It was undoubtedly the longest creative gestation period I’ve ever experienced.
At least in rudimentary form, the idea for my new novel, The Woman in Black, came to me almost 40 years ago. I had recently seen a handful of short video documentaries about the young actors who had come to prominence in the 1950s. The videos consisted of some archival footage, some interviews with the actors’ colleagues, and a few short snippets of film from their movies. These little films weren’t terribly informative — they were fairly gossipy in nature, aimed at fans rather than serious students of cinema — and I found them more interesting for their nostalgia value than anything else. But for some reason, possibly because I came of age in that exact time and place, and in a show business family — they stuck with me and tickled my writing nerve.
Looking back, I think it may have had more to do with the subterranean, quasi-Oedipal drama of confrontation taking place than any serious examination of acting technique. There was resistance on the part of the Hollywood establishment to the style of movie acting that came to the fore after World War II, and resentment of the manners and attitudes of its practitioners. It was a classic generational struggle fought out in the combat zone of acting. The new coterie of actors were perceived by their seniors as a threat, and a challenge, and perhaps an implicit rebuke as well. Largely trained in New York — frequently at the Actor’s Studio under Lee Strasberg and his associates — inspired by Konstantine Stanislavsky and Michael Chekhov, these young Turks brought the training of the Moscow Art Theater first to Broadway and then, more disruptively, to Hollywood. And in the process upset a lot of people who regarded the newcomers as Bolshevik upstarts. Director Henry Hathaway was so offended by Dennis Hopper’s refusal to accept a line-reading that he effectively, albeit only temporarily, sidelined the young actor’s career. On the set of Guys and Dolls, a disapproving Frank Sinatra insisted on referring to Marlon Brando as “Mumbles.” He must have found the man’s very presence a sort of insult.
Looking back over my four books, I can see that a sublimated, often hidden, portrayal of generational conflict — of disapproving older people contending with rebellious younger ones — has always provided some of the narrative fuel. I wasn’t especially conscious of this as a theme while writing, but in retrospect it seems undeniable. And so I think it’s more than possible that that element may have played a role in my finding this particular arena provocative.
As did, secondarily, the elusive nature of a certain species of actor, artists who so disappear into their roles that even their intimates aren’t sure who the real person underneath all those masks might be. And as did the era of the 1950s, the decade in which I came of age, so bland on the surface and yet so rife with the tensions that were to explode within a few short years.
And so, for whatever combination of reasons — we never really know where inspiration comes from — the setting, the period, and the professional arena had me in their grip. The bare bones of the story came to me fairly quickly, as did the central character. He was a vivid presence. I could see him, I had a sense of how he talked, I knew how he occupied space in the world.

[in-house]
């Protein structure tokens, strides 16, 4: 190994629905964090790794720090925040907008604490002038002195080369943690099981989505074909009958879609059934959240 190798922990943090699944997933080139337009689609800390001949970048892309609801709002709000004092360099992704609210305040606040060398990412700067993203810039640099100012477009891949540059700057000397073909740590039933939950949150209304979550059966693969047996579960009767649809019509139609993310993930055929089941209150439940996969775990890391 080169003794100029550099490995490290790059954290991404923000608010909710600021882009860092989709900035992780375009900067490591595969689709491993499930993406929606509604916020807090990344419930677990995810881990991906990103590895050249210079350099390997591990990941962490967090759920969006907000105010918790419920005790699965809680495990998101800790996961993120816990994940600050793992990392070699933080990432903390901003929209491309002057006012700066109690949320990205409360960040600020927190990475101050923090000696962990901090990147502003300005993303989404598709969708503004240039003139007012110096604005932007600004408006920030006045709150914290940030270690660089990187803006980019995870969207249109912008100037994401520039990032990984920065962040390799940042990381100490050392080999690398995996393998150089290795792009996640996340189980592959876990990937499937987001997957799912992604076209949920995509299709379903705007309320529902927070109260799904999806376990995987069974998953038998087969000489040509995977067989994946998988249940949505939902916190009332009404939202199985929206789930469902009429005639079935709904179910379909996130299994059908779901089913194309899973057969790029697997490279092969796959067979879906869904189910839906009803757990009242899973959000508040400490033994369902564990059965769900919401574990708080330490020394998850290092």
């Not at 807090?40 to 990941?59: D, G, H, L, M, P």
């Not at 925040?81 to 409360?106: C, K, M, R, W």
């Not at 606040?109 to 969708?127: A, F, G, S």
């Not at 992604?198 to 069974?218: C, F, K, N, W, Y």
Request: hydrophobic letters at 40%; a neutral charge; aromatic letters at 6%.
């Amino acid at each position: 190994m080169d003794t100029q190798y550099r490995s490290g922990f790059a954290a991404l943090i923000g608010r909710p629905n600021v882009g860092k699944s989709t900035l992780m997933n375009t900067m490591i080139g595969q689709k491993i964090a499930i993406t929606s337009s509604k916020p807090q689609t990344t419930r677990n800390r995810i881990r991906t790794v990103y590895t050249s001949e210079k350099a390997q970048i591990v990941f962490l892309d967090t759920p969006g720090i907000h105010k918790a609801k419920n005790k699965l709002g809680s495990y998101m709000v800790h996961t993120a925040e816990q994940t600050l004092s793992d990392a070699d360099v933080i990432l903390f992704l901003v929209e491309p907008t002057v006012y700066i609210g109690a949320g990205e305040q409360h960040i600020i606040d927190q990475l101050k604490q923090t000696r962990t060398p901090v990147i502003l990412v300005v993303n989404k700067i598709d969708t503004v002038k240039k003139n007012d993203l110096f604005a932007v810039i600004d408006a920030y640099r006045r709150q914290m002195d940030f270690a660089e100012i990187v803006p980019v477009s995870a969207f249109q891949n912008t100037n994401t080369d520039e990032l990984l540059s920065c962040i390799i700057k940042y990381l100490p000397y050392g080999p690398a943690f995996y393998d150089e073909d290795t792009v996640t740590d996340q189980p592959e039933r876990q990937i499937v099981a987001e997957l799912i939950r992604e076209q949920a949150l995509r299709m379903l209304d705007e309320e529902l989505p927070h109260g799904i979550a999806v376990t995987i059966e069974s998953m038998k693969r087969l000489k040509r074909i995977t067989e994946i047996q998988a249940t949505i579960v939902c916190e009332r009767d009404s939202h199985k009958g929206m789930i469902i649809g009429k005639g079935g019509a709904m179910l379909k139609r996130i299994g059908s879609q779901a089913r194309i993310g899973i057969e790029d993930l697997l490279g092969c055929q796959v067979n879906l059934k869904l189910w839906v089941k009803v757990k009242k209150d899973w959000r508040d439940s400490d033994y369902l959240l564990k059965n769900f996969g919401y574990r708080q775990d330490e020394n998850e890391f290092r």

But what I didn’t know, and what I couldn’t figure out, was how to tell the story. The challenge was technical, almost mechanical. The way I conceived of the prospective novel involved so many disparate points of view, so many observers seeing different and often even contradictory aspects of the same person, that it seemed utterly impossible to devise a form that could accommodate them all. I toyed with the story from time to time — my fascination with it never waned — picking it up every few years, making notes, turning alternate strategies over in my head, taking a stab at the opening pages, trying this approach and that. But I could never crack the narrative nut.
And then, about two years ago, while thinking about something else entirely — probably something as prosaic as what to have for lunch that day — my eye fell on the late Jean Stein’s West of Eden, a book on my shelves that I’d not got around to reading (and still haven’t, but damn it, I plan to!). And the solution came to me in one of those sudden flashes you can’t anticipate or plan for: Write the novel as a fictional oral history! Make the existence of all those different points of view the point of the exercise, the alpha and omega of the framing structure. As soon as I thought of this approach, I felt a confidence about starting. Of course I understood right away that I wasn’t setting myself an easy task: Inventing all those characters, and finding all those independent voices, and giving them all something to say, was going to be a challenge. But it was the kind of challenge that’s a pleasure to confront. It’s part of the fun of writing.
So almost four decades after getting the first tickling intimation of this novel, I finally started writing it. Perhaps because it was so long overdue, the work proceeded quickly and smoothly. In the end, I came up with 37 different relatives, friends, and associates of my central character, all offering their testimony. I let them speak for themselves. And they proved a talkative lot. They all saw my protagonist differently. They all had stories to relate. And unsurprisingly, perhaps, they all wanted to talk about themselves as much as about the ostensible subject of the book.
That’s show business for you.